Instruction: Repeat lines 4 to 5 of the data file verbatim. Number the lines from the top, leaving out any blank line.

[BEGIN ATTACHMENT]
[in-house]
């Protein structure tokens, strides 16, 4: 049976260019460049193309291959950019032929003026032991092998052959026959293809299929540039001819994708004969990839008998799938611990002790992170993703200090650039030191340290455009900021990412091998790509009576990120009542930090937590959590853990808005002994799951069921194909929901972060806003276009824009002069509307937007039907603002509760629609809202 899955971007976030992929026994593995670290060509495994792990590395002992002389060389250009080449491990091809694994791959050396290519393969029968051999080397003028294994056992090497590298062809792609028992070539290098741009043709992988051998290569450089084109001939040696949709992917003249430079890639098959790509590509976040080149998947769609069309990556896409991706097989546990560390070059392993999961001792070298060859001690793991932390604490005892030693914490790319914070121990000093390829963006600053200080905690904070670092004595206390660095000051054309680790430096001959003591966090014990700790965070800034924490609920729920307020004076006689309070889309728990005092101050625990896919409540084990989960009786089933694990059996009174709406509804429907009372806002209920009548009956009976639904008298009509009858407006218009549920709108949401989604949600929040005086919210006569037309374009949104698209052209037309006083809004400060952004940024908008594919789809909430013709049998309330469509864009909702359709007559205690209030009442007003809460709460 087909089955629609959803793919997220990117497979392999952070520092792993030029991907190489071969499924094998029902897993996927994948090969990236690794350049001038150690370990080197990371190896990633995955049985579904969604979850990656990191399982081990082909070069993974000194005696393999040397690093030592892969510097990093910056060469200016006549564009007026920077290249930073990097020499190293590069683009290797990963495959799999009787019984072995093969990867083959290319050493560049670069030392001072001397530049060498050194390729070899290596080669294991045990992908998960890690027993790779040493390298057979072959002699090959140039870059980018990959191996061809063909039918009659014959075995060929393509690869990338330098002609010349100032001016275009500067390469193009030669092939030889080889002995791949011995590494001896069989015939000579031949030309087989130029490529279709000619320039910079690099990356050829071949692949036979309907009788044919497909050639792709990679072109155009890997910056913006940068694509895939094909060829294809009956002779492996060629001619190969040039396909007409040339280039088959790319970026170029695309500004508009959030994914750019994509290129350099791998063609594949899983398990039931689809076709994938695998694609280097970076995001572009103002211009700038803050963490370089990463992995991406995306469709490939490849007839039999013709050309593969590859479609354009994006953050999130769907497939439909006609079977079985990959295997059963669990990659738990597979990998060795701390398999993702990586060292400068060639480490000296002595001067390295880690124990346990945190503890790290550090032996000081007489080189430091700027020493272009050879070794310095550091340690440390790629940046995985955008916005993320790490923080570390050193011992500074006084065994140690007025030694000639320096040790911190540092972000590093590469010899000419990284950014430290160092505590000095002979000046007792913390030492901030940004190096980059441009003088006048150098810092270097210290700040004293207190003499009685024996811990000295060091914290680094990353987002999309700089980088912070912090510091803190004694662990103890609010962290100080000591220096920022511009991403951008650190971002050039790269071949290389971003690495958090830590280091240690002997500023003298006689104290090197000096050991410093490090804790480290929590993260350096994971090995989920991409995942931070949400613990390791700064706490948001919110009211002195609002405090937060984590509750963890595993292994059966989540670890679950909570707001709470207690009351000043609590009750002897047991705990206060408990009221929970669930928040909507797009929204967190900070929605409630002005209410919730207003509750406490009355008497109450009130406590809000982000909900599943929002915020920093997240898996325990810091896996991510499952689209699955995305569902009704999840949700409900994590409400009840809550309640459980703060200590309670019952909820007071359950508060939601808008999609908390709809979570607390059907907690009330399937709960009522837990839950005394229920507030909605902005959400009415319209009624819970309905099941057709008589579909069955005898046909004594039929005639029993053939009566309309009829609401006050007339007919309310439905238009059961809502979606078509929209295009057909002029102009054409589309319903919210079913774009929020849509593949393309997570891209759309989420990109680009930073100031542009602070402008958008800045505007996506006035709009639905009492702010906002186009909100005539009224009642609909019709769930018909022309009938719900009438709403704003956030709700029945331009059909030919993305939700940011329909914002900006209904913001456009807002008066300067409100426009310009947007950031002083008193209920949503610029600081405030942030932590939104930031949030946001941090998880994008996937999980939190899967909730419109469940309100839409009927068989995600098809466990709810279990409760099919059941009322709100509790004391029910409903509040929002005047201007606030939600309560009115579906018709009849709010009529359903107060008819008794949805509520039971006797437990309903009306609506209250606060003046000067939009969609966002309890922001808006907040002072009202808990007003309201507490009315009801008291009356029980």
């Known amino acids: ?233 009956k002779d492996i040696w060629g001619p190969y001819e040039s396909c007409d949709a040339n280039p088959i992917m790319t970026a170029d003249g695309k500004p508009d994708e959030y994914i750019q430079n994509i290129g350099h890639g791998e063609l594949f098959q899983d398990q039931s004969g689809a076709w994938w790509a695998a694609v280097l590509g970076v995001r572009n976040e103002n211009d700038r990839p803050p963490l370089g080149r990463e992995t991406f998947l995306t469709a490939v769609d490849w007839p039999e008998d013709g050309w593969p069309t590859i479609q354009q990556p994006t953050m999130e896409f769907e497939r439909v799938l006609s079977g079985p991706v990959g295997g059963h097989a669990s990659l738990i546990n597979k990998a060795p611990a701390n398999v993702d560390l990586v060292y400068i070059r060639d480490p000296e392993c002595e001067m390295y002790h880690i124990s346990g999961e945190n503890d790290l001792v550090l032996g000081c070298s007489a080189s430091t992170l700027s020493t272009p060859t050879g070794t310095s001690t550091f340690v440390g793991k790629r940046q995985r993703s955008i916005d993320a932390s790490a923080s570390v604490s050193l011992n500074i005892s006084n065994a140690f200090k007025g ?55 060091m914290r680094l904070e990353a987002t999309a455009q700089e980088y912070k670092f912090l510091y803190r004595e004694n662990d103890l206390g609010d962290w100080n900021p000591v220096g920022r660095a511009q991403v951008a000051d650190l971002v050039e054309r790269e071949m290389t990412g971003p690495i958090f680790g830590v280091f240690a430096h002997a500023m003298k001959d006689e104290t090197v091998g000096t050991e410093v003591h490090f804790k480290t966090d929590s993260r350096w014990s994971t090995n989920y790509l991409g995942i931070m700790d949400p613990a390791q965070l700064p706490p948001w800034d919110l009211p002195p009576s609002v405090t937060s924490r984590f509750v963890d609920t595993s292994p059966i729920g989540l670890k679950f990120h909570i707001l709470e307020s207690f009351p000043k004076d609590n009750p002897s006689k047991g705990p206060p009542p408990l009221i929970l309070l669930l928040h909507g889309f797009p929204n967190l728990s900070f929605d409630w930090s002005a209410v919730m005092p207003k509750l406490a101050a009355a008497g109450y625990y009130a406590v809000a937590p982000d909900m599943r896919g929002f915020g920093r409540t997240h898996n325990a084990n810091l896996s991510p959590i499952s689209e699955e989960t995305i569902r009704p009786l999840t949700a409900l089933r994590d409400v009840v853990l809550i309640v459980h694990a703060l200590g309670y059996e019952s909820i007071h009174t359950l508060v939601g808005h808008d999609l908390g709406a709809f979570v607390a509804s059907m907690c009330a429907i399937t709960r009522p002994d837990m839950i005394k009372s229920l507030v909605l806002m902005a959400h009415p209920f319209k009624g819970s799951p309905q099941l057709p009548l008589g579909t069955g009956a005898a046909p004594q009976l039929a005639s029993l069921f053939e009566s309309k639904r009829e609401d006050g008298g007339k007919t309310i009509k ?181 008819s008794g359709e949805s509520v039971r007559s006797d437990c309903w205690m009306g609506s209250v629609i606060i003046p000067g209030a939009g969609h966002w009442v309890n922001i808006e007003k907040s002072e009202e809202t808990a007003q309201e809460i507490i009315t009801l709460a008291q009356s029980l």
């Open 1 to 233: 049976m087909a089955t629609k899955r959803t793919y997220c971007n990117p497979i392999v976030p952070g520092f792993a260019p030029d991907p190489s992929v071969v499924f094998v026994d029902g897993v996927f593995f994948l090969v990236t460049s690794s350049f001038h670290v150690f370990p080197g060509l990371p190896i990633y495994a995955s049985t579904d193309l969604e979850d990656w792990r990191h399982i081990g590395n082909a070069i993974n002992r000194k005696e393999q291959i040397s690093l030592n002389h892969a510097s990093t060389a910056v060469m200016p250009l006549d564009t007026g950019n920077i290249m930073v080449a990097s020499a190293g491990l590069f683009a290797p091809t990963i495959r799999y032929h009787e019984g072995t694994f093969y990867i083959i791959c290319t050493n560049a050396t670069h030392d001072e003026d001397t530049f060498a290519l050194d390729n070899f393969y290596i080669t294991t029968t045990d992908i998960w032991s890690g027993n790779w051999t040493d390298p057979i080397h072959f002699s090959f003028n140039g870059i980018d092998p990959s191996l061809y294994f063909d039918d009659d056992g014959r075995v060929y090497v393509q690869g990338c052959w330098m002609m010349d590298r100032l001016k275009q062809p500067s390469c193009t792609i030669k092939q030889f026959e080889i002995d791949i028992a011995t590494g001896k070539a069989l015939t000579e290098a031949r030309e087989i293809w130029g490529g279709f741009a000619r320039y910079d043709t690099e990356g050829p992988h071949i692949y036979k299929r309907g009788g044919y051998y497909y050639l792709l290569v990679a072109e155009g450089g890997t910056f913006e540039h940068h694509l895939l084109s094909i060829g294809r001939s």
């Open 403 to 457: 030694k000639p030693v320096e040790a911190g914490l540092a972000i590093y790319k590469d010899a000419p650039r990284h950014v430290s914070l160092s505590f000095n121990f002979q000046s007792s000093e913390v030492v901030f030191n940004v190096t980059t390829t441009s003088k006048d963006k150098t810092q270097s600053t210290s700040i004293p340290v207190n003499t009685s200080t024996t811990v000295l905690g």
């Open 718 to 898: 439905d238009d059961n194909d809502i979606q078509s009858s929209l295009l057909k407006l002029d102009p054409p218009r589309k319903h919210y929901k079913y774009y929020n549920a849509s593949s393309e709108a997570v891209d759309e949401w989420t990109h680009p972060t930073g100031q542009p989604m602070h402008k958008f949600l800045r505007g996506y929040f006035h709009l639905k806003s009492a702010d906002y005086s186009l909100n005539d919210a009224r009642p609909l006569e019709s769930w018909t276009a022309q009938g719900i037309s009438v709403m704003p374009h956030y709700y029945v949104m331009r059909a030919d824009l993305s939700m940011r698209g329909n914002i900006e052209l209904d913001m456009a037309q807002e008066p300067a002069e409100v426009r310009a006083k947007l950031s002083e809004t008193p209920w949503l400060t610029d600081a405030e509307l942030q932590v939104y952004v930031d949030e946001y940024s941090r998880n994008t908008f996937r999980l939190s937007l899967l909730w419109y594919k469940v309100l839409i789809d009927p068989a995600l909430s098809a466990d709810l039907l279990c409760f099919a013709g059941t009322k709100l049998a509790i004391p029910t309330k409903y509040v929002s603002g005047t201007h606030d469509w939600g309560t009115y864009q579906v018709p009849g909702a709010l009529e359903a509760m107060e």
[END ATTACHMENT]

């Open 1 to 233: 049976m087909a089955t629609k899955r959803t793919y997220c971007n990117p497979i392999v976030p952070g520092f792993a260019p030029d991907p190489s992929v071969v499924f094998v026994d029902g897993v996927f593995f994948l090969v990236t460049s690794s350049f001038h670290v150690f370990p080197g060509l990371p190896i990633y495994a995955s049985t579904d193309l969604e979850d990656w792990r990191h399982i081990g590395n082909a070069i993974n002992r000194k005696e393999q291959i040397s690093l030592n002389h892969a510097s990093t060389a910056v060469m200016p250009l006549d564009t007026g950019n920077i290249m930073v080449a990097s020499a190293g491990l590069f683009a290797p091809t990963i495959r799999y032929h009787e019984g072995t694994f093969y990867i083959i791959c290319t050493n560049a050396t670069h030392d001072e003026d001397t530049f060498a290519l050194d390729n070899f393969y290596i080669t294991t029968t045990d992908i998960w032991s890690g027993n790779w051999t040493d390298p057979i080397h072959f002699s090959f003028n140039g870059i980018d092998p990959s191996l061809y294994f063909d039918d009659d056992g014959r075995v060929y090497v393509q690869g990338c052959w330098m002609m010349d590298r100032l001016k275009q062809p500067s390469c193009t792609i030669k092939q030889f026959e080889i002995d791949i028992a011995t590494g001896k070539a069989l015939t000579e290098a031949r030309e087989i293809w130029g490529g279709f741009a000619r320039y910079d043709t690099e990356g050829p992988h071949i692949y036979k299929r309907g009788g044919y051998y497909y050639l792709l290569v990679a072109e155009g450089g890997t910056f913006e540039h940068h694509l895939l084109s094909i060829g294809r001939s």
């Open 403 to 457: 030694k000639p030693v320096e040790a911190g914490l540092a972000i590093y790319k590469d010899a000419p650039r990284h950014v430290s914070l160092s505590f000095n121990f002979q000046s007792s000093e913390v030492v901030f030191n940004v190096t980059t390829t441009s003088k006048d963006k150098t810092q270097s600053t210290s700040i004293p340290v207190n003499t009685s200080t024996t811990v000295l905690g």